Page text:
However, even the madness of Fury Road requires a few moments of quiet and contemplation. When the chase slows down, Sixel allows the camera to linger on the wide desert vistas, the cavernous interior of the War Rig, and especially on the striking eyes of the film’s characters. It’s a cliché to say that the “eyes are the window to the soul,” but when you have performers as stellar as Charlize Theron and Tom Hardy, it’s completely true. Theron says more with a long glance to the horizon than most actors would with three pages of dialogue—and Sixel lets her. These longer, slower edits provide some much needed emotional breathing room and allow the audience to appreciate the beauty of the film’s design and cinematography. It’s a potent stillness that complements the frenetic pandemonium of other scenes.
This forward-pressing chaos is made all the more evident by Fury Road’s soundtrack, a blazing collection of ambient war chants and epic orchestrations from Junkie XL. Sixel’s last great trick is her sense of rhythm and pacing. Much of this film feels as though it’s inseparable from the music and sound effects that propel it like a jet engine. By choosing to cut to the beat of the drums or the staccato picking of the strings, the editor creates genuine verisimilitude. All of the working parts of the film seem to be in perfect sync, further immersing the audience in Max’s world of blood and fire. It’s rhythmic editing at its finest.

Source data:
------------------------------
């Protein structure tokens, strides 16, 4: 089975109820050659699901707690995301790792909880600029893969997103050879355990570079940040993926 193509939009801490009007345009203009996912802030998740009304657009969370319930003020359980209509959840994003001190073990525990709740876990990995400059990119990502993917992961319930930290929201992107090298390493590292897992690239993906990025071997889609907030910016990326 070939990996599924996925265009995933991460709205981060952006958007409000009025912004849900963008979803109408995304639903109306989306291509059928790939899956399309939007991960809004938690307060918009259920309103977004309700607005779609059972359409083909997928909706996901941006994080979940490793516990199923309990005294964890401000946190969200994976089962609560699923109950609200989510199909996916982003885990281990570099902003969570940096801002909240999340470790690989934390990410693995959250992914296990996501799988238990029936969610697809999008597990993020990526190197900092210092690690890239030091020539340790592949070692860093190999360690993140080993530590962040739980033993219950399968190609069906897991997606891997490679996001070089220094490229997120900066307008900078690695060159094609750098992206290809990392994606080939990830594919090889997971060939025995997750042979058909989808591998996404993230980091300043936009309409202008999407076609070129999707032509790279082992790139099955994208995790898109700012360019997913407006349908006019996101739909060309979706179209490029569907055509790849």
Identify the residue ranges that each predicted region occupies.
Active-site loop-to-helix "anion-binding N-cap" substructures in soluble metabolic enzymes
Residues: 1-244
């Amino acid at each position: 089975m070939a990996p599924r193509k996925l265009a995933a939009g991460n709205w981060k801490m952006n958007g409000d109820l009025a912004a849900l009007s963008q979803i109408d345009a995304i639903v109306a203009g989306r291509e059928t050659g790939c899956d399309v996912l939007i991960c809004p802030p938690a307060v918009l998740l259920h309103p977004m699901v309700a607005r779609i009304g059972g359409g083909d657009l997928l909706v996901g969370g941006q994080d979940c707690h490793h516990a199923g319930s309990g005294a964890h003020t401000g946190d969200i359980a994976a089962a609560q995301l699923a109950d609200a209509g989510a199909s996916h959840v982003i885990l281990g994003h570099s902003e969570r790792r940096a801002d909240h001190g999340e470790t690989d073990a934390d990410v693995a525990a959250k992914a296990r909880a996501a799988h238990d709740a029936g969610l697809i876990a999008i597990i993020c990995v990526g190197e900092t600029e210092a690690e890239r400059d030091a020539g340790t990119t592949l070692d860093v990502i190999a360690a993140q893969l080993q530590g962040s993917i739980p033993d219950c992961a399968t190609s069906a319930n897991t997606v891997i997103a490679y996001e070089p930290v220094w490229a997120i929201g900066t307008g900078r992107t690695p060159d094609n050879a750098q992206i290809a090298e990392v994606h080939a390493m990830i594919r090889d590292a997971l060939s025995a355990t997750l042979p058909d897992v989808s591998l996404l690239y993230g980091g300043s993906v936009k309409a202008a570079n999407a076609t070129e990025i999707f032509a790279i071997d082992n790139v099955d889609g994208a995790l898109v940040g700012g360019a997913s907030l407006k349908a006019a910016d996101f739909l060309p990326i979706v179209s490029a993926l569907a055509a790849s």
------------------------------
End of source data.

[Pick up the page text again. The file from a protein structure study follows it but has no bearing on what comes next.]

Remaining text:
Ultimately, George Miller is the man receiving all of the credit for his mad post-apocalyptic vision. It’s doubtful that anyone else could have brought such a spectacle of stunt work to the screen, but much of that credit is owed to Margaret Sixel, the editor who spent years turning her husband’s dream into something palatable, entertaining, and deeply meaningful for audiences. Sixel’s work on Mad Max: Fury Road is a masterclass and any young filmmaker who adds just a few of her simple, but thoughtful, editing techniques to their cinematic tool-belt is bound to improve and thrive.
Cory Stine writes about film editing, cinema, and stock footage for VideoBlocks.
Images: Warner Bros.